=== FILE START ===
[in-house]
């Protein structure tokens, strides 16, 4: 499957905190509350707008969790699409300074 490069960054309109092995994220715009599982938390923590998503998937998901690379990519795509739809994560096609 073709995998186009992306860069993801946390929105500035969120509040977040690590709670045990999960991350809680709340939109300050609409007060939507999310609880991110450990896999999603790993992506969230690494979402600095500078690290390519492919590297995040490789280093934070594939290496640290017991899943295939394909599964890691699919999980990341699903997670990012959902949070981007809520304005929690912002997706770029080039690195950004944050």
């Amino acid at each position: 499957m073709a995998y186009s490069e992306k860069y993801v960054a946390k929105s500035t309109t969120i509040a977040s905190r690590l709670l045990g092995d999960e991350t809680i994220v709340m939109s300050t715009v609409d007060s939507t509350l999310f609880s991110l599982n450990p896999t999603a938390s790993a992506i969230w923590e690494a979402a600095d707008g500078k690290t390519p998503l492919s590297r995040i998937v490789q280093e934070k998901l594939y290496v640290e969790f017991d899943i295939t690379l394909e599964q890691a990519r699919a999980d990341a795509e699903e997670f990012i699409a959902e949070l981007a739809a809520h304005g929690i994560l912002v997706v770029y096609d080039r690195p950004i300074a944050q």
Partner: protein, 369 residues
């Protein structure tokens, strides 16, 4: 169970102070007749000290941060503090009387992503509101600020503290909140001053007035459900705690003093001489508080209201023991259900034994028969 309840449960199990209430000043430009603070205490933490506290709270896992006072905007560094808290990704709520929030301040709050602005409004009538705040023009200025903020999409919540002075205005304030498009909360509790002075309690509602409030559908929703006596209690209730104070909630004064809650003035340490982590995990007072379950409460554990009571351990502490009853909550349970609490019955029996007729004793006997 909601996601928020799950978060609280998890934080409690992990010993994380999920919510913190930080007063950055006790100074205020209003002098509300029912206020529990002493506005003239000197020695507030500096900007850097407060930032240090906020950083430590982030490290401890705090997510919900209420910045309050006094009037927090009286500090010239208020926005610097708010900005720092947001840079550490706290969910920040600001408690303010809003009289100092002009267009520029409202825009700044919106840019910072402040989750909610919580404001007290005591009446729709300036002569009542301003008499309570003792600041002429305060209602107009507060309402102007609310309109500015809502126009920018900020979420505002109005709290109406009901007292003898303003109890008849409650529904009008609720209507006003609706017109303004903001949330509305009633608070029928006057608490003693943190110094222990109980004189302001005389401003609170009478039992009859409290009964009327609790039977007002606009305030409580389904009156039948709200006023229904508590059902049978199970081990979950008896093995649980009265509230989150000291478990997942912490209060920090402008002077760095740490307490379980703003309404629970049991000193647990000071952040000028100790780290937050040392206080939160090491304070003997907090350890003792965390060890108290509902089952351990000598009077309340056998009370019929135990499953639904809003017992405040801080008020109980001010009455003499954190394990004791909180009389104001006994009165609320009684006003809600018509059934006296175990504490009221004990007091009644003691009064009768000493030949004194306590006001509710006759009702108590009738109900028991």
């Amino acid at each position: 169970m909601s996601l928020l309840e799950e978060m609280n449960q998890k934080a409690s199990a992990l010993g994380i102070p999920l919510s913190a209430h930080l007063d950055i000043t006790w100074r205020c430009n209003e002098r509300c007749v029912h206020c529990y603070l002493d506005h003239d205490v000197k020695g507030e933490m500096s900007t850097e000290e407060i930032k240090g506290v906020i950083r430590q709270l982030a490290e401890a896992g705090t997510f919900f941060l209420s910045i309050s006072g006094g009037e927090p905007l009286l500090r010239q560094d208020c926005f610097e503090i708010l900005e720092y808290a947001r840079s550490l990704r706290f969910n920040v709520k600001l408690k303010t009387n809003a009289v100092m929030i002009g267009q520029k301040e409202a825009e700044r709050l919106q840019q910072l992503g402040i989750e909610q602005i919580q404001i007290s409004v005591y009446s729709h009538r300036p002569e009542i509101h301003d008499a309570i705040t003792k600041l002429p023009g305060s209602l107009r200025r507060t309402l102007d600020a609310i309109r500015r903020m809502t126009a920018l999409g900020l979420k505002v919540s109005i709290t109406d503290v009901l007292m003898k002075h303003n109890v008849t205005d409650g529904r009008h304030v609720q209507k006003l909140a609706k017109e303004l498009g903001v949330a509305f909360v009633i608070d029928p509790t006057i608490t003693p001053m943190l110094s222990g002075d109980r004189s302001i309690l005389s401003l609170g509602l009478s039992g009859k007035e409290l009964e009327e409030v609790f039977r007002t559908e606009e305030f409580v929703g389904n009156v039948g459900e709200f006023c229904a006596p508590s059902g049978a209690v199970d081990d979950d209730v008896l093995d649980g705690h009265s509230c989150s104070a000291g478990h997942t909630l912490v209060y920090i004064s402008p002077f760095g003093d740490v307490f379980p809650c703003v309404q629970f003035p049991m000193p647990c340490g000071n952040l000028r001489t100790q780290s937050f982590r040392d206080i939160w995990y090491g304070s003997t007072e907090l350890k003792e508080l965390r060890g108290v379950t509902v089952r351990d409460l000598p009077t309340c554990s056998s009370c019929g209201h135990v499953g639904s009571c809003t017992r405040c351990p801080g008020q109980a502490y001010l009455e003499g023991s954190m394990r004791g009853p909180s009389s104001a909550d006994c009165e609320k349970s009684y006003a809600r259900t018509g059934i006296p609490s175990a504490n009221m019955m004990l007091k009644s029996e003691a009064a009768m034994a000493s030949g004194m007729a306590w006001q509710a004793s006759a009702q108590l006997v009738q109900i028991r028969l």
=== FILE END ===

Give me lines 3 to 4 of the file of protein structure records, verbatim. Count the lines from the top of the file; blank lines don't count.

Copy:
């Amino acid at each position: 499957m073709a995998y186009s490069e992306k860069y993801v960054a946390k929105s500035t309109t969120i509040a977040s905190r690590l709670l045990g092995d999960e991350t809680i994220v709340m939109s300050t715009v609409d007060s939507t509350l999310f609880s991110l599982n450990p896999t999603a938390s790993a992506i969230w923590e690494a979402a600095d707008g500078k690290t390519p998503l492919s590297r995040i998937v490789q280093e934070k998901l594939y290496v640290e969790f017991d899943i295939t690379l394909e599964q890691a990519r699919a999980d990341a795509e699903e997670f990012i699409a959902e949070l981007a739809a809520h304005g929690i994560l912002v997706v770029y096609d080039r690195p950004i300074a944050q």
Partner: protein, 369 residues